Capacity building: Is the carrot and stick model the option?


“We are looking at a new model that’s based not just on aid and assistance, but on trade and partnership. Increasingly, what we want to do is use whatever monies that we’re providing to build capacity . . . Ultimately, the goal here is for Africa to build Africa for Africans”, so said United States President Barack Obama, speaking in Tanzania, as quoted by South Africa’s Financial Mail, on the final leg of his recent African tour.

Report by Tapiwa Nyandoro

Does the statement signify a change of direction from the likes of regime change agenda and the perennial humanitarian aid?

What can Africans contribute to the formulation of the “new model” in the way aid is channelled to Africa?

From his statement and actions in his own country, the US President would like to see a more formalised strategic approach with a defined exit point as opposed to the current situation of drifting from “crisis to crisis”.

Egypt is a case in point. For years it has received military aid. What good has this ever done to the two countries?

Zimbabwe needs aid going forward. Organic growth is too slow for most people living in abject poverty.

Many go to bed hungry literally every night. A lot of aid, therefore, comes unsolicited for humanitarian reasons.

To get out of this abominable situation the goal for “Africa to build Africa for Africans” must be attained. A dispassionate look at Africa shows that something is wrong with its people and its institutions, in particular political parties.

Resource endowments have manifested themselves as resource curses instead of blessing. To remedy the situation capacity to do the right thing has to be built up. The question is how?

Do you start with the legislatures as United Nations Development Programme is trying to do in South Africa and Zimbabwe and possibly among other African countries?

What good does that do when the legislators are all focused on short term issues, eyes glued on the next election?

Or do you start with the Judiciary and law enforcement agencies, focusing on values and ethics, and if so, how?

The World Bank and the International Monetary Fund (IMF) like focusing on the Executive arm of government which then usually takes the back seat. Both mentor and the mentored then try to run away from accountability when things do not go according to plan.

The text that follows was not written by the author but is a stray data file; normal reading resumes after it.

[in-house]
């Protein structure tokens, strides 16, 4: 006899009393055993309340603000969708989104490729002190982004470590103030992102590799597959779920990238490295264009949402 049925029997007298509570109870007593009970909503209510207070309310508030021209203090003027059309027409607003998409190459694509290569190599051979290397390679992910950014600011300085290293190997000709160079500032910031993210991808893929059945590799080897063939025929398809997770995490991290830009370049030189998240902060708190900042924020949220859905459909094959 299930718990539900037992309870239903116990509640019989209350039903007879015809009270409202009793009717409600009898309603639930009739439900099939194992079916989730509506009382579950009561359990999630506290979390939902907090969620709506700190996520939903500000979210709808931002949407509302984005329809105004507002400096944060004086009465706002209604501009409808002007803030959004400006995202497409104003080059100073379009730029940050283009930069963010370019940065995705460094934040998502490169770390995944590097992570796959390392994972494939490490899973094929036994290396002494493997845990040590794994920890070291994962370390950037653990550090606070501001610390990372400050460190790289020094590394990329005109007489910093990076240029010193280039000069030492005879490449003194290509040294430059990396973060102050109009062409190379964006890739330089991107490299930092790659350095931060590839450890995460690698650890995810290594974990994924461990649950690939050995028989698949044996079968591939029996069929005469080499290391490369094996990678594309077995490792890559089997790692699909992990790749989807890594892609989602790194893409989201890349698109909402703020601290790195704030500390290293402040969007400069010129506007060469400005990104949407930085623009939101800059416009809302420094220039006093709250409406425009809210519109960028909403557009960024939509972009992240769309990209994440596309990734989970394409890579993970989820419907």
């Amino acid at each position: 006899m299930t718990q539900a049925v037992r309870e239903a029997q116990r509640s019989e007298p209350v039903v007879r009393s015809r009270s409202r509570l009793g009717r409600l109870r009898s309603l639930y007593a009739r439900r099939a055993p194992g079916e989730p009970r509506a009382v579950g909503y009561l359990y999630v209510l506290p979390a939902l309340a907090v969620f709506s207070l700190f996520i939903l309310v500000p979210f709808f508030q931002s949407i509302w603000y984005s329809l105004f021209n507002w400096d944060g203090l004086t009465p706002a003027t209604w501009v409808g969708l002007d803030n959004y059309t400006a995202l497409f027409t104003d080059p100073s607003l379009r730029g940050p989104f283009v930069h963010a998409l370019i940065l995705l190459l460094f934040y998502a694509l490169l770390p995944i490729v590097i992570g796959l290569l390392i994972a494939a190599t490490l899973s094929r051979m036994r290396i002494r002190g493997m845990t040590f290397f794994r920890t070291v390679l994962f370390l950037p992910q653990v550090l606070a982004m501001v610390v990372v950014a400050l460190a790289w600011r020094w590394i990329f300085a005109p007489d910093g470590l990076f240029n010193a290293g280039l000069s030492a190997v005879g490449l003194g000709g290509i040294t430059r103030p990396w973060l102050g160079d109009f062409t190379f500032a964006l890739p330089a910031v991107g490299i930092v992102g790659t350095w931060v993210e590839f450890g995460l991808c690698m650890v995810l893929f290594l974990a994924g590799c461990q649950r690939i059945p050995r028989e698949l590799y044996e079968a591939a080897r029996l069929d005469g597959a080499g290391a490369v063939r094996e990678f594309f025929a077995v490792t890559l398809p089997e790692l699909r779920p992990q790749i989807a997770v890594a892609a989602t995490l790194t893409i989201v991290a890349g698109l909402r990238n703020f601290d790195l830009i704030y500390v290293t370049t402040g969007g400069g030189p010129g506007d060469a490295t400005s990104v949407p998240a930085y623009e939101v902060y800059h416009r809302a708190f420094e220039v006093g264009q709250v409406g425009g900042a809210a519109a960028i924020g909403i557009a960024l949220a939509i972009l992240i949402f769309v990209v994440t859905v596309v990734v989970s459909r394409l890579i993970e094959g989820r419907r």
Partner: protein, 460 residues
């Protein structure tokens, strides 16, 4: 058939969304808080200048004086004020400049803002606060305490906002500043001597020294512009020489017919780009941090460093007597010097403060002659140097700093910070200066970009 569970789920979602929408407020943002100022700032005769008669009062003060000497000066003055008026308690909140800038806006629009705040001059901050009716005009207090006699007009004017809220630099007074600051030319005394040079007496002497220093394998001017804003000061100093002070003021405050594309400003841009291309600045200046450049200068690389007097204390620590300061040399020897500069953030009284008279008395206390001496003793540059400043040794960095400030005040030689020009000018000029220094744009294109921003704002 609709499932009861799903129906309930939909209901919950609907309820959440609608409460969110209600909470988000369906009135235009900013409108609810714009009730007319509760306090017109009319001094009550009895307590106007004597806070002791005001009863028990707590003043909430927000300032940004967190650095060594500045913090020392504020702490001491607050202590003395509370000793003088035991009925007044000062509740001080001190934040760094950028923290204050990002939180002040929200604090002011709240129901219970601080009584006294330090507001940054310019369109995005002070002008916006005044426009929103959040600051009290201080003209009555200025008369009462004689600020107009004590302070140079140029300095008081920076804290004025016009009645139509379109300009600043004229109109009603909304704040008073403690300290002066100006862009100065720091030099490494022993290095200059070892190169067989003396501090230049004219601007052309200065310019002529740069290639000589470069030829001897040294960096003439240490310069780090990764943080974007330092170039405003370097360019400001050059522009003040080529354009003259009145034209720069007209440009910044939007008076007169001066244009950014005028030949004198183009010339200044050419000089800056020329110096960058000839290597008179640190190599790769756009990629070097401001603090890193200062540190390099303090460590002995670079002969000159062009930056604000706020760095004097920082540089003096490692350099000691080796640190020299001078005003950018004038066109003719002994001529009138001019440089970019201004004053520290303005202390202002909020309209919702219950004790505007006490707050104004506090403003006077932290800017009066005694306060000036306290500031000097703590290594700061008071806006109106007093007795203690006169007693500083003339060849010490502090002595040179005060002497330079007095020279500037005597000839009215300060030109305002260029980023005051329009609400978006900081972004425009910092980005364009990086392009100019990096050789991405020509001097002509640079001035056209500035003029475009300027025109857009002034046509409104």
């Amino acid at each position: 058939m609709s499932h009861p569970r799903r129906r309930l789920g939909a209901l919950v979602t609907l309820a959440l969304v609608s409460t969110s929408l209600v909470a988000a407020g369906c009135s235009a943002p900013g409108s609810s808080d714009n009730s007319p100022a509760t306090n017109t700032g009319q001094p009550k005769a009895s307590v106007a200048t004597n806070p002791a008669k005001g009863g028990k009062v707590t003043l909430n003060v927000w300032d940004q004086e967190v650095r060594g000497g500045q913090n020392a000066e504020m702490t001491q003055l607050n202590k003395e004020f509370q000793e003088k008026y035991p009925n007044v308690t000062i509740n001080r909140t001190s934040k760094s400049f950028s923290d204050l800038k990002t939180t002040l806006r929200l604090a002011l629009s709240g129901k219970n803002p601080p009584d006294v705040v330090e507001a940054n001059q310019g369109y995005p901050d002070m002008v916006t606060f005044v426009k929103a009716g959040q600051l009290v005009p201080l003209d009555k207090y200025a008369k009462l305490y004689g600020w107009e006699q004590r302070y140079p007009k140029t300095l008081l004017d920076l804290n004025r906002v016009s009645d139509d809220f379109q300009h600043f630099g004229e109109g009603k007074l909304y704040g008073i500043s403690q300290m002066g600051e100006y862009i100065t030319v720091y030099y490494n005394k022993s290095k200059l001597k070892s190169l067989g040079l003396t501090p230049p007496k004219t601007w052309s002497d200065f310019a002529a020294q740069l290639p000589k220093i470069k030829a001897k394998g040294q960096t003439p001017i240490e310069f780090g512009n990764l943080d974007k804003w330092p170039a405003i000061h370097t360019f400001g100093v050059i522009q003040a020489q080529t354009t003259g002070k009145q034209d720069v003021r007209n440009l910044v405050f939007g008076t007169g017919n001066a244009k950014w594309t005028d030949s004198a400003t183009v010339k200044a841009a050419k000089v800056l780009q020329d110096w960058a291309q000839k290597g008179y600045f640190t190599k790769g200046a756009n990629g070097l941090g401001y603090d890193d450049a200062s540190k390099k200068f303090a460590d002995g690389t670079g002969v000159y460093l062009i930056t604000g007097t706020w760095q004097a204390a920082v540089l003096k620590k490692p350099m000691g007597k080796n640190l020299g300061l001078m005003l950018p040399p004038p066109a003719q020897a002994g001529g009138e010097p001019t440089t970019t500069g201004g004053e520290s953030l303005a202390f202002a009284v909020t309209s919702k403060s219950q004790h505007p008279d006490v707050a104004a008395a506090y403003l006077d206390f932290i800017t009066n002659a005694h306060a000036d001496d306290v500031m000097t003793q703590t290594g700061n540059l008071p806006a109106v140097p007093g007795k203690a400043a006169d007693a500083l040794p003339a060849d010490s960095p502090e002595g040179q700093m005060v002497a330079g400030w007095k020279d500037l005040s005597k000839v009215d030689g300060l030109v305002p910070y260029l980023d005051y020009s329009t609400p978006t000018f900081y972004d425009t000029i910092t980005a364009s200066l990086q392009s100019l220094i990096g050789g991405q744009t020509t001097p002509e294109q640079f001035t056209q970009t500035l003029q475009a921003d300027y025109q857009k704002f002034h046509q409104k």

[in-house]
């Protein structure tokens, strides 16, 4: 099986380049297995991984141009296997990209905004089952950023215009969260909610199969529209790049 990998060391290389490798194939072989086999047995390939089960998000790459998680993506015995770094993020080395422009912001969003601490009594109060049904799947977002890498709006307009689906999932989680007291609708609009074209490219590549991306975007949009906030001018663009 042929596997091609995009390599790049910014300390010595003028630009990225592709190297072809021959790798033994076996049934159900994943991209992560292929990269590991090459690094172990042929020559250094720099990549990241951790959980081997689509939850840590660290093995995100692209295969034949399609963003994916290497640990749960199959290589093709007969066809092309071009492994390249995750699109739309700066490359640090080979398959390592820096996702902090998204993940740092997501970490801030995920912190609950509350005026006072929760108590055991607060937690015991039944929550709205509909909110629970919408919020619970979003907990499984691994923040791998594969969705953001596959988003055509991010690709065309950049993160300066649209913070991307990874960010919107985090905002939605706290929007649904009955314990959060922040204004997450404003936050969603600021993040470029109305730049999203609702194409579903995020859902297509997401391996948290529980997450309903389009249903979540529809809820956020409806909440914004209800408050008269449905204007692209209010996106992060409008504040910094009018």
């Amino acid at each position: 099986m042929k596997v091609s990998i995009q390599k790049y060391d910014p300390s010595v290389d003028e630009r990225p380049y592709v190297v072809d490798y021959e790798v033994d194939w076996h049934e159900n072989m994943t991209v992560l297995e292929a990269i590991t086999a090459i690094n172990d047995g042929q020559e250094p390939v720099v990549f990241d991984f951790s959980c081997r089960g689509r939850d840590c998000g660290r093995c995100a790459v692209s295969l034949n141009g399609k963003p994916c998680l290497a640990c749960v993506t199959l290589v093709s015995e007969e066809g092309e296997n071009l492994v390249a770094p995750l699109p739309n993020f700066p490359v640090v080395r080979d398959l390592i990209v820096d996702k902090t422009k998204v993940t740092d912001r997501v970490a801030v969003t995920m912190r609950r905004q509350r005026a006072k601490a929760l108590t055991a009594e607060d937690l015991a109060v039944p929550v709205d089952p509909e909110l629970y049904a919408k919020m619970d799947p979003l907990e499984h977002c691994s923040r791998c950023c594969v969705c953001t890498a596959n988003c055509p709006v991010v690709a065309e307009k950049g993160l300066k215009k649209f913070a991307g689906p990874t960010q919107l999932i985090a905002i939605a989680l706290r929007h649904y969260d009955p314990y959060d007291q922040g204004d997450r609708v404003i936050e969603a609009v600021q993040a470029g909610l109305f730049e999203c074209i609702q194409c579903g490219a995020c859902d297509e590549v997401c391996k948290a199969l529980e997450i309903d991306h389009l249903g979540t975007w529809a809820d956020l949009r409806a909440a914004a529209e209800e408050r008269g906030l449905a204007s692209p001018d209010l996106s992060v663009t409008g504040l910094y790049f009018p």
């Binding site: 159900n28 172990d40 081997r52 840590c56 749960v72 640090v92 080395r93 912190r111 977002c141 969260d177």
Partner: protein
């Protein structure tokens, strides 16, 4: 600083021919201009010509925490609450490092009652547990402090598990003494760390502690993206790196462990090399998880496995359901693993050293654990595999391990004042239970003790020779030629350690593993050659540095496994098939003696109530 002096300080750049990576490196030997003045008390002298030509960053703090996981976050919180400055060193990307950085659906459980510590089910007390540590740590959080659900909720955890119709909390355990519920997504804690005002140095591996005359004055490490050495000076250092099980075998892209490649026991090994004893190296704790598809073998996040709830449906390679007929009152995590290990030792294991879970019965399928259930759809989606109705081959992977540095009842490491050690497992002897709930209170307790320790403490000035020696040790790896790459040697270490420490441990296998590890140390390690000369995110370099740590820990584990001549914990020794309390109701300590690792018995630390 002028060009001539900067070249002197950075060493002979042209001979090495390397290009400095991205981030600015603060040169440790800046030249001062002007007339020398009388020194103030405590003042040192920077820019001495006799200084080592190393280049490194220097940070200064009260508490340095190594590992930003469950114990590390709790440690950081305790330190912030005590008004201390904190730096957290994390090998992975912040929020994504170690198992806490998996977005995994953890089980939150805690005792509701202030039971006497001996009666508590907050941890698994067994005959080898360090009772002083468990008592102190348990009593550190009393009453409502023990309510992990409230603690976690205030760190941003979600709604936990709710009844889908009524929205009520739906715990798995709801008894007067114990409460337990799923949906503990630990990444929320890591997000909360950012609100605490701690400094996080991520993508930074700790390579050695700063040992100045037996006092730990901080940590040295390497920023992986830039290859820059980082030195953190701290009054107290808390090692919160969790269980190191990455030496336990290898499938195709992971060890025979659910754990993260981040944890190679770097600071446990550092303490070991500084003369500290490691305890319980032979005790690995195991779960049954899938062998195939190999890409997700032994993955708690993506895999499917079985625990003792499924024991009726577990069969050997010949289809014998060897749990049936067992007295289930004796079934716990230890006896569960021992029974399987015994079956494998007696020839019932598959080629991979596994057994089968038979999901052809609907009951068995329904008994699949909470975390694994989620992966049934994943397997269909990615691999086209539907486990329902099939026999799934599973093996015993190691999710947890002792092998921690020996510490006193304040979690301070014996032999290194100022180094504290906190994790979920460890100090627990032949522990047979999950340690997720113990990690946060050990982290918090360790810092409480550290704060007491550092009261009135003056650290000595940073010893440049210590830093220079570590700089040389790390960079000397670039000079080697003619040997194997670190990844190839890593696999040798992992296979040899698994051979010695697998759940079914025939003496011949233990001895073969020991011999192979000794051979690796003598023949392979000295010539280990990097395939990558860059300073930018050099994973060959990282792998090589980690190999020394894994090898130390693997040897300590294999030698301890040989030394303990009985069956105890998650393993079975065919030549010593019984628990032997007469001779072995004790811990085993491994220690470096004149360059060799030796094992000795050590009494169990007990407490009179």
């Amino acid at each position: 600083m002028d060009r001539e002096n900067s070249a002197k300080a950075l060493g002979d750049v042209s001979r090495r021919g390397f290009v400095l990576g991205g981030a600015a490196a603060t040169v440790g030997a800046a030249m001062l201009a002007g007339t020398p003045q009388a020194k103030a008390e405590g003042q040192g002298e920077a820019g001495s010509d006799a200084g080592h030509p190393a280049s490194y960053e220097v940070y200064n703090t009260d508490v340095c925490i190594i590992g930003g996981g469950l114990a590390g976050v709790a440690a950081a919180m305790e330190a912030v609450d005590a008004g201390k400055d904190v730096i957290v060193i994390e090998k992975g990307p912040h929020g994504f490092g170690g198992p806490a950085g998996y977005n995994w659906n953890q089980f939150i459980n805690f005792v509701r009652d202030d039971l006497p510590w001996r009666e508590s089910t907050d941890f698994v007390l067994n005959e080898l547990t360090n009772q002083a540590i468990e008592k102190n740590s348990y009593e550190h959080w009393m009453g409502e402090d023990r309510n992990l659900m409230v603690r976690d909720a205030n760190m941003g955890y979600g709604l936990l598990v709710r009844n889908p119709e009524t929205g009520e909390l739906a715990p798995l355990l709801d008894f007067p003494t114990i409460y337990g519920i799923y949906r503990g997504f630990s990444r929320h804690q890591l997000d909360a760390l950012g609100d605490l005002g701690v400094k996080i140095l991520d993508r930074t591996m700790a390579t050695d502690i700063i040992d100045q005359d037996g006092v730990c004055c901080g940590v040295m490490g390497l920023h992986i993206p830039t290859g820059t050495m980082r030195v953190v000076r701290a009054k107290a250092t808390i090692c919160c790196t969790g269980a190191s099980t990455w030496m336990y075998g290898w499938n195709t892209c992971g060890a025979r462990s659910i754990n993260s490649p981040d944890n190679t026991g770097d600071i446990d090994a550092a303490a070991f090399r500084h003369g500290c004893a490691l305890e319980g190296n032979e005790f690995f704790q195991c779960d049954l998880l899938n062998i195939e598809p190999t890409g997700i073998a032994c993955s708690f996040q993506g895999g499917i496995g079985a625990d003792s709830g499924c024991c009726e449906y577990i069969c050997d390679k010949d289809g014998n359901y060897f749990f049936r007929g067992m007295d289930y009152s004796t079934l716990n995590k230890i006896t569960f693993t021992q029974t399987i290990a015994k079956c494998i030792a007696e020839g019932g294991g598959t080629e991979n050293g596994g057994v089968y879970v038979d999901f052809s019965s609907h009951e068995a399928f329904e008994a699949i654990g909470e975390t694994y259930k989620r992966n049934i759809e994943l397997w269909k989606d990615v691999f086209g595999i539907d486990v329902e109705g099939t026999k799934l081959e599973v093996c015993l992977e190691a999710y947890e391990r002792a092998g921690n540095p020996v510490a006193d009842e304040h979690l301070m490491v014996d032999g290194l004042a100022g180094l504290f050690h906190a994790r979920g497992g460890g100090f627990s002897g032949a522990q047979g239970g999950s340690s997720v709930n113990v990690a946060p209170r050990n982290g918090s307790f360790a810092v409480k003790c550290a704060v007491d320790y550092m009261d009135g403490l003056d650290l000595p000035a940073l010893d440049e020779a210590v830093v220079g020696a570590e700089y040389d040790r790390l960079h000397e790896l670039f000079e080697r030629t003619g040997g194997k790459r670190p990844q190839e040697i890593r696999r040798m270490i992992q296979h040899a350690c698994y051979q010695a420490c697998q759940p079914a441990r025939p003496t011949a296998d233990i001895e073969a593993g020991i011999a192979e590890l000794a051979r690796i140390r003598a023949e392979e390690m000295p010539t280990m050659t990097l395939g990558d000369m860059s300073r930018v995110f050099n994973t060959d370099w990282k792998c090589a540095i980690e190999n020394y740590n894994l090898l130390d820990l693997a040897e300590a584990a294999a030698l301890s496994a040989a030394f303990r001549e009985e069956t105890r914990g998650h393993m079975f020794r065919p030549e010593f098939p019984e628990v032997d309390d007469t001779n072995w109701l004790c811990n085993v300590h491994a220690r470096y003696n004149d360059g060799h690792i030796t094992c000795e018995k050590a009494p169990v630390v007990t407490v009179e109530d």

A closer look at the Southern African situations shows that the politics of patronage and corruption may be the problem to a large extent.

If that is the case, then the cure to improving institutional and administrative capacity should have a political benefit to it. Borrowing from Mike Heseltine’s suggestion to the British Treasury, as regards growing the economy of the de-industrialised British North, the International Co-operating Partners and donors could pool all the money they intend to spend on a aid recipient country, then call for local government, groups of local politicians and businesses, government ministries and departments, State institutions such as the Judiciary, Parliament, prisons, police, public utilities, and even private companies to bid for a share.

The share may be disbursed as a loan, equity, grant or a combination of any of the three as applicable, to deserving bids.

Bid evaluation criteria would include the improvement in the quality of governance, a project’s merit, sustainability issues and the quantum of benefit to the broader society.

Overtime voters are likely to notice who amongst them is utilising aid correctly and most likely reward them at the polls.

The same strategy could be applied at continental level with countries being the bidders. The Global Fund for Aids, Tuberculosis and Malaria seems to use a similar system.

Governments would have to sign onto the programme, with serious international censure/ repercussions for any politician, regardless of status, who may be found by an independent tribunal, as acting unlawfully and, or in bad faith, detrimental to the interests of the poor.

The second option for building capacity in poor countries intending to build their economies, so as to get out of the permanent donor recipient status, is to encourage the proper use of a country’s loans and other resources.

Countries need to focus on productive investments and less on prestige non productive investments.

This is more so if they are borrowing in foreign hard currencies.

The dormant IMF proposal for a Sovereign Debt Re-structuring Mechanism (SDRM) ought to be adopted and adapted to serve as a bankruptcy system for governments, and given some teeth so that the ruling elite are to some degree held accountable, as what happens to company executives and directors faced with bankruptcy
The SDRM would allow governments and, or their benefactors to call for a “standstill” preemptively on their bond payments before entering the costly downward spiral of borrowing at ever higher rates in effort to avoid default.

And there should be consequences for senior politicians from the party in government as well as its Cabinet members held responsible for misuse of resources or application of policies detrimental to the national economic well being.

The relevant Judiciary, law enforcement and political leadership would then be barred from holding public office going forward.

This collective responsibility and collective punishment could help focus minds, curb irrational political promises and provide opposition at the highest levels of government to corruption, the scourge that keeps Africa from rapid economic growth, giving credence to the illusion that capacity is the problem.